Growing Peonies: Tips and Tricks for Planting Peonies in Your Garden

Peonies have beautiful, soft orb-like buds that open up into layered petals around a bright or camouflaged center.
The flowers are great additions to arrangements and brighten up gardens with their large blooms in shades of pink.

Peony-Flower

 

 

 

 

 

 

 

 

 

The flowers are a national emblem in China and are native to Asia and parts of North America and Europe. The peony is a symbol of wealth and honor in China and also represents compassion and shyness. Peonies grow well in many temperate environments, and prefer a neutral soil pH. They are a spring blooming plant and are a low maintenance as long as they are not transplanted.

Choosing and Planting Peonies

Peonies need full sun and good soil drainage to thrive in in your landscaping or flower garden. They even need the cold winters to ensure their buds come to life in the spring. The plants are small, and one sprout will bear several flowers when it blooms.

Peony-Flower-Bed

 

 

 

 

 

 

 

 

 

 

 

 

After you have found the color and variety of peony that matches your needs, plant them in the spring or fall with a spacing two and a half feet apart. The most common colors of peonies range from white to dark magenta and crimson. You can find peony varieties that are bushes, trees, and a cross between the two.

Peonies-and-Colors

 

 

 

 

 

 

 

 

 

 

 

 

Ask your plant providing company about which varieties grow best in your climate. You can do research online to determine a species’ growing needs, but a local plant nursery will have firsthand knowledge of what shrubberies in your area need to survive. They can help you determine specific growing instructions and placement of your plants, too.

During the winter when peony plants lay dormant, they need about six weeks of very cold weather for their buds to develop before the spring blooming season comes around. It is not impossible to grow peonies in a climate that does not receive the intense chill needed to develop a bloom. Some growers and commercial cultivators will trick the plants into blooming by providing six weeks with ice therapy: placing frozen blocks of ice around the plant and changing them out as needed.

When you are ready to plant, mix the dirt from the hole with sand and compost in an equal ratio. If you are planting a peony from the root, make sure that the eye faces the surface so new growth can make its way easily to the top. The roots can be planted in shallow spaces only two inches deep. Plant in an area that receives full sun during the day. Water the plants weekly if there is no rain. Depending on the heat of summer, you may need to water your peonies more frequently.

Caring for Peonies

Luckily, once peonies are established, they do well with little care or maintenance. You won’t have to worry about heavy pruning duties or fertilizing the plants on a regular basis to keep them healthy. They can tolerate a variety of circumstances with little to no difficulty.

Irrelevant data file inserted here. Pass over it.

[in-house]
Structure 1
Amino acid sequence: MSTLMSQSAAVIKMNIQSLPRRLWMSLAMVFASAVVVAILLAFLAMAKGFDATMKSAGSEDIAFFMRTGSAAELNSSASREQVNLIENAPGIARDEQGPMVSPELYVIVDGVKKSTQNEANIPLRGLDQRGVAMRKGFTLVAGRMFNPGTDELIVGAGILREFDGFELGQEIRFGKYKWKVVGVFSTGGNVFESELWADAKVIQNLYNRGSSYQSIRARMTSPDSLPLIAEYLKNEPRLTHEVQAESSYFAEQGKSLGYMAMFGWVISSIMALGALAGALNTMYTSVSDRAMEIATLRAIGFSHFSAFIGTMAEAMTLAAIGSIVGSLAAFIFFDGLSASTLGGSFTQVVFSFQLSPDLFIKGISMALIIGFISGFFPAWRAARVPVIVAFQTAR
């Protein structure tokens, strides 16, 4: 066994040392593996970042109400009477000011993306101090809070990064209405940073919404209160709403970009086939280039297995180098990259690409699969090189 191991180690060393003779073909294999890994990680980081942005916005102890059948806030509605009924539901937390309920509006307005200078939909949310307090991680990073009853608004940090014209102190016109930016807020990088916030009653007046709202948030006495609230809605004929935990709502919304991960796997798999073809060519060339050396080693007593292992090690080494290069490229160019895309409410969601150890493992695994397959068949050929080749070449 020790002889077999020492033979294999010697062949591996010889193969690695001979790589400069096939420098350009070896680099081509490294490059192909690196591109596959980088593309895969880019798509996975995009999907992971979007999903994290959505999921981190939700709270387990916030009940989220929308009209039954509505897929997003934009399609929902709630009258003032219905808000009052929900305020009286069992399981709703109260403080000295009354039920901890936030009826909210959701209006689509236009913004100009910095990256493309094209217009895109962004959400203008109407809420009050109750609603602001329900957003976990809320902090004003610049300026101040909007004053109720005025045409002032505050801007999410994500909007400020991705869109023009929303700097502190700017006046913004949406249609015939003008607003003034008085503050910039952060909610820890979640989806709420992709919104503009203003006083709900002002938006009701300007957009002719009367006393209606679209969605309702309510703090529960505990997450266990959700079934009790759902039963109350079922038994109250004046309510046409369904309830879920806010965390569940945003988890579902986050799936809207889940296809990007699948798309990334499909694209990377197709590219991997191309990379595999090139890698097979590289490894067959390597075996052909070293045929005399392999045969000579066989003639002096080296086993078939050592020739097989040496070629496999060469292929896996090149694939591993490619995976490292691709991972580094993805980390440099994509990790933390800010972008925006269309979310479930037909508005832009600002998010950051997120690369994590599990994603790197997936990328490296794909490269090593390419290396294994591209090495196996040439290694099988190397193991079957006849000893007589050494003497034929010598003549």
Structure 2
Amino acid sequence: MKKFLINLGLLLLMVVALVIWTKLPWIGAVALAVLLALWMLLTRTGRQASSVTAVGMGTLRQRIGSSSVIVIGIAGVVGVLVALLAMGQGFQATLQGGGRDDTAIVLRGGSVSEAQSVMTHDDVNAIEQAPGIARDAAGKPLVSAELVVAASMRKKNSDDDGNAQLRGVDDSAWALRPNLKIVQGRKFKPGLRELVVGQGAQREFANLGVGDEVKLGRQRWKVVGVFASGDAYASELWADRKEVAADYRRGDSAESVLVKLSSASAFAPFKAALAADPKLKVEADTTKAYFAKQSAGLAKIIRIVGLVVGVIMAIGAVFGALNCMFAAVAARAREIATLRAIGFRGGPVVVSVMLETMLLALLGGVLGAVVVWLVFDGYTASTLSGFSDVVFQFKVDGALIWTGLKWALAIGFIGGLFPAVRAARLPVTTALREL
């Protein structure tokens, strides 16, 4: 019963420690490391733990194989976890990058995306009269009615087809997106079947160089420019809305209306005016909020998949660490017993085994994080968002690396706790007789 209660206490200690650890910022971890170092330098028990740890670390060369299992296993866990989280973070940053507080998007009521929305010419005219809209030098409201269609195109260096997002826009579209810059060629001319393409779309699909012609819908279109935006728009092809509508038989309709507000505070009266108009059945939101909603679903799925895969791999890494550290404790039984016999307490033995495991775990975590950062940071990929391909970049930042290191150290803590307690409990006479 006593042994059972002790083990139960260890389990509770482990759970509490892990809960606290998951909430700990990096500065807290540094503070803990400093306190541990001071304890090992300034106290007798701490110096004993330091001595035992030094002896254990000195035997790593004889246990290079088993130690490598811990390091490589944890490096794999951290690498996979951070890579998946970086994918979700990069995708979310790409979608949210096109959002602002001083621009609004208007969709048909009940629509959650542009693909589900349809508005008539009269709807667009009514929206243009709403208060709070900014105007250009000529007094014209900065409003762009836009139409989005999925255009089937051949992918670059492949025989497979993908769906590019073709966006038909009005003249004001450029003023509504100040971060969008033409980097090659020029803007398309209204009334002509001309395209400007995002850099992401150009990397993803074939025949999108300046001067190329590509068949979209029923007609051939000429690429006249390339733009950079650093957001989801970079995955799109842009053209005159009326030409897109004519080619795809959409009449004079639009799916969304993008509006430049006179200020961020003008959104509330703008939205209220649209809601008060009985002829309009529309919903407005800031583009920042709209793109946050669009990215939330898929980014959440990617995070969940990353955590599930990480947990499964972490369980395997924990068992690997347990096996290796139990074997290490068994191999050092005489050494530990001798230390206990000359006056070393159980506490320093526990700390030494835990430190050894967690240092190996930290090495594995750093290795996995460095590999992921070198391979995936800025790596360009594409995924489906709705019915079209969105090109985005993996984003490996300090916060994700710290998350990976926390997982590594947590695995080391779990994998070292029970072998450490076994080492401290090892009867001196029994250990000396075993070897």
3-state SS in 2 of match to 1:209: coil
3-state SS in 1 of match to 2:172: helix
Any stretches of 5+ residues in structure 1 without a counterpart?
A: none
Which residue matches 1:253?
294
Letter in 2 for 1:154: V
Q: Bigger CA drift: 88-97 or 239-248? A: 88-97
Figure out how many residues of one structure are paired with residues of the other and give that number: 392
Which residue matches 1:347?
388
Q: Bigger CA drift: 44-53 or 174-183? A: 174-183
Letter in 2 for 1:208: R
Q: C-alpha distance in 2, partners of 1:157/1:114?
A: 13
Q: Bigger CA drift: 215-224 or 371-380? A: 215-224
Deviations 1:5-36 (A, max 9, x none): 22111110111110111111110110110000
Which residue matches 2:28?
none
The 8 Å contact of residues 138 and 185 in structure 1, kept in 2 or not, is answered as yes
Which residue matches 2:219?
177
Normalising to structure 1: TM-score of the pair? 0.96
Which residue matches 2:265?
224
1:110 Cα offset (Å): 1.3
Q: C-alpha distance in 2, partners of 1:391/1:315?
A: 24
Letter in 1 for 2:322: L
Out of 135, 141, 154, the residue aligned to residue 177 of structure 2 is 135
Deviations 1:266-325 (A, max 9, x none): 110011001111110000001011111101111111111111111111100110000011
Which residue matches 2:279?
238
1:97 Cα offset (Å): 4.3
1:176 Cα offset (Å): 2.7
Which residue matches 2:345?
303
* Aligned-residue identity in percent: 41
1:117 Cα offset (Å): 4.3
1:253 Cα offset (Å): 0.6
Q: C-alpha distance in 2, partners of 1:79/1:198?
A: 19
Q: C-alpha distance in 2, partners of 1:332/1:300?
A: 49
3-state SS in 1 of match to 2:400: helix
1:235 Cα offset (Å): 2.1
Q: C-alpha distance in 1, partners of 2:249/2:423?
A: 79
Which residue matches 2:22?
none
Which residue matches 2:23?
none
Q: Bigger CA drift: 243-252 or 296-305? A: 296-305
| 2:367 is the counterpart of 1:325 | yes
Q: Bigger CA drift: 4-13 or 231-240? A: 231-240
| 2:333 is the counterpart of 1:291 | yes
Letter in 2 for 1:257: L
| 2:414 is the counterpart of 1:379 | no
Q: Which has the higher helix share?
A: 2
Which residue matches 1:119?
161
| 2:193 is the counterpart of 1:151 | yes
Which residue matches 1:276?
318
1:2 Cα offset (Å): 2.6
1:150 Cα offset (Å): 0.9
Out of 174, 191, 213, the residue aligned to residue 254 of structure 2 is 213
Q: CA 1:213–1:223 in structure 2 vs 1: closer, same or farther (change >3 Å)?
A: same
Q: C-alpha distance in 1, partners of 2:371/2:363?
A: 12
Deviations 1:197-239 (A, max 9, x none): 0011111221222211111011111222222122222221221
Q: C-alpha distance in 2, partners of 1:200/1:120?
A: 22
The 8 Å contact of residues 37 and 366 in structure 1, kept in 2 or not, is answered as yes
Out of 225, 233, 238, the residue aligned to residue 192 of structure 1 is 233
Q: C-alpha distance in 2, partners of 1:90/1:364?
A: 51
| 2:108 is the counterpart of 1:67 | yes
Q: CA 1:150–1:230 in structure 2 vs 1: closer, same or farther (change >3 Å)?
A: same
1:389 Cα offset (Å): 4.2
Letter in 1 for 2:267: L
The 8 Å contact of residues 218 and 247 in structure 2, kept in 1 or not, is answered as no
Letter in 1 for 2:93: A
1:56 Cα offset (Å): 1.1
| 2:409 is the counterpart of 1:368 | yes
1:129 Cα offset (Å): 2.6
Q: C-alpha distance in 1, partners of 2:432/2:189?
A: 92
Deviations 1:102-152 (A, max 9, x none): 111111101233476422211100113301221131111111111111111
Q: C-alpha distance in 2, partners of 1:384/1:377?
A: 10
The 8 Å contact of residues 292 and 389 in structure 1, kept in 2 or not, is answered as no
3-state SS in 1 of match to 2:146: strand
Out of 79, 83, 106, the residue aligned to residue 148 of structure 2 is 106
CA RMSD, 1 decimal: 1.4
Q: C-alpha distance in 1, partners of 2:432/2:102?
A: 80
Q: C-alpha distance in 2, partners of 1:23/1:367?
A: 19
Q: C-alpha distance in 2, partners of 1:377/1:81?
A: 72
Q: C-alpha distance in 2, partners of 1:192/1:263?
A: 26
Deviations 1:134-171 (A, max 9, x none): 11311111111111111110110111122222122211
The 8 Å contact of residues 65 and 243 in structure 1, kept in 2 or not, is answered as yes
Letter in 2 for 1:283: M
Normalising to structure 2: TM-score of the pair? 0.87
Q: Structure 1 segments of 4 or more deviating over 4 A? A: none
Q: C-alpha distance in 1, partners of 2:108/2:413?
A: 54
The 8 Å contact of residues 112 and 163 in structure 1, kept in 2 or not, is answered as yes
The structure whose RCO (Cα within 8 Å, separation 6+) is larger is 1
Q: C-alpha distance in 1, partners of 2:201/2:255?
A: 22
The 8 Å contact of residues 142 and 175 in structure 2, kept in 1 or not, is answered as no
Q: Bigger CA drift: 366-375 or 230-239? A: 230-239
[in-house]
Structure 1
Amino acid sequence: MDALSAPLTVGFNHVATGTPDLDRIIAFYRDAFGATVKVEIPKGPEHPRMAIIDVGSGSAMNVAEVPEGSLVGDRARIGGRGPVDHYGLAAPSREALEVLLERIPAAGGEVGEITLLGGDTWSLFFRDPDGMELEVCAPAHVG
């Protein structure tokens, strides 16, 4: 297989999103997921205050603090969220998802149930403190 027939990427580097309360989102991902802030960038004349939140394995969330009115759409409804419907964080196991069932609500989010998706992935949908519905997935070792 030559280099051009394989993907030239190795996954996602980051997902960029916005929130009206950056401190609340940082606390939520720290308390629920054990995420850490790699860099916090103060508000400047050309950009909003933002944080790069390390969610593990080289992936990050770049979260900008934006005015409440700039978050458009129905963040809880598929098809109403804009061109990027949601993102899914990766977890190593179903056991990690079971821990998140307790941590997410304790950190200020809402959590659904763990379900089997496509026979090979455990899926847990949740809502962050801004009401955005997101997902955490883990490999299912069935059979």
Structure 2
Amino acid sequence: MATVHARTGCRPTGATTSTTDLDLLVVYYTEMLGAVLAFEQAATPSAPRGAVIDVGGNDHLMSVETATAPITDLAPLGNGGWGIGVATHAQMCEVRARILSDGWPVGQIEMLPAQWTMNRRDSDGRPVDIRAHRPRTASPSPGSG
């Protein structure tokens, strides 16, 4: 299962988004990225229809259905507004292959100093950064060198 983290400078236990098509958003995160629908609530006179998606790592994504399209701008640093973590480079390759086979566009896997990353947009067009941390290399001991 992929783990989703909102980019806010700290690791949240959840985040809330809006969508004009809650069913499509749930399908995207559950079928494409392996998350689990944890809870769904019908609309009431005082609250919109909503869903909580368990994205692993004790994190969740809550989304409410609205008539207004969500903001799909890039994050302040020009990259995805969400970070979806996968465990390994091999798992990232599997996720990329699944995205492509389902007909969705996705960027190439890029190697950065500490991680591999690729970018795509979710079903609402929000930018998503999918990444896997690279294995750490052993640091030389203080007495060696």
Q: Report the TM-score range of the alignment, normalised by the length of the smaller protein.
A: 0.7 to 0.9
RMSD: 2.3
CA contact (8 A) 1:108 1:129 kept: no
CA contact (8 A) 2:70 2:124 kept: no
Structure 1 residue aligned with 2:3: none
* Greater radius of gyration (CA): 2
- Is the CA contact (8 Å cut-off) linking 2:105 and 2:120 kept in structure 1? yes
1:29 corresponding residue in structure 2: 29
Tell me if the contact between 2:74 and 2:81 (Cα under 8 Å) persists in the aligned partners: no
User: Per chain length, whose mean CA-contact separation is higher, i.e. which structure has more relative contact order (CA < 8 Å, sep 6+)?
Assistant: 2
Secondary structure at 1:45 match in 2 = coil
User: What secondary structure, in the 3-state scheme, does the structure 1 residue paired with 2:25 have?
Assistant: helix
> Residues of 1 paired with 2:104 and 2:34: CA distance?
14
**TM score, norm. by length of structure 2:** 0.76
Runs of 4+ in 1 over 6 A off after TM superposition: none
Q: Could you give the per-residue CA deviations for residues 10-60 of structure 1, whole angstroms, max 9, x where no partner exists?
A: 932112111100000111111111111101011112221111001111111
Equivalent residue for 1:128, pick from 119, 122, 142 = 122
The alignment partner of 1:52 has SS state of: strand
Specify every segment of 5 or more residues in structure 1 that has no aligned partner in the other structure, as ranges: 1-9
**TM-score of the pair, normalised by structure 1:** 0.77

In the winter, peony plants can be cut back completely to the ground. They develop new growth in the spring and failing to cut back the dying remnants of a season’s growth can inhibit the growth of the next season.

Ants are attracted to peony plants. Unless you have small children or another reason to discourage their attraction, the small insects do nothing to harm the plant. In fact, they are even promoting development within the plant. The relationship is symbiotic. When you cut blooms from the plant, shake them to remove ants or rinse them under water before using in an arrangement.

Ant-on-a-PeonyDeadheading is beneficial for peony plants, because it moves nutrients to places in the plant where they are most needed. Simply pinch off any dead or dying blooms to keep your plant healthy throughout the season. Peonies work well in a bed with several other flower types. Consider creating a bed of flowers that can all be cut back in the same manner every year to make your yearly maintenance routine easier.

If your peony plant doesn’t flower during the first year after planting, don’t be alarmed. It often takes two seasons for a peony plant to reach maturity and start producing flowers. If you aren’t seeing blooms by the second year, look again to see if the plant has enough light.

Peony plants can be successfully divided to expand a bed or plant in a new area. The allocated plants must be handled carefully; they carry a high risk of death if not cared for appropriately. Always divide peonies in the fall, and use a very sharp implement to dig up part of a root. You will need at least three eyes in each division. Water any transplants thoroughly, and know that it may take a few years for the new transplant to start blooming.

 

Photo Credit:

Photographer capsulabiblica offered the photograph of Peonies under a Creative Commons License on Pixabay

Photographer takazart offered the photograph of Flower Bed under a Creative Commons License on Pixabay

Photographer spezialistin offered the photograph of Field of Flowers under a Creative Commons License on Pixabay

Photographer papaya45 offered the photograph of Peony Flower under a Creative Commons License on Pixabay

Photographer AriteNowak offered the photograph of Peony Flower Bed under a Creative Commons License on Pixabay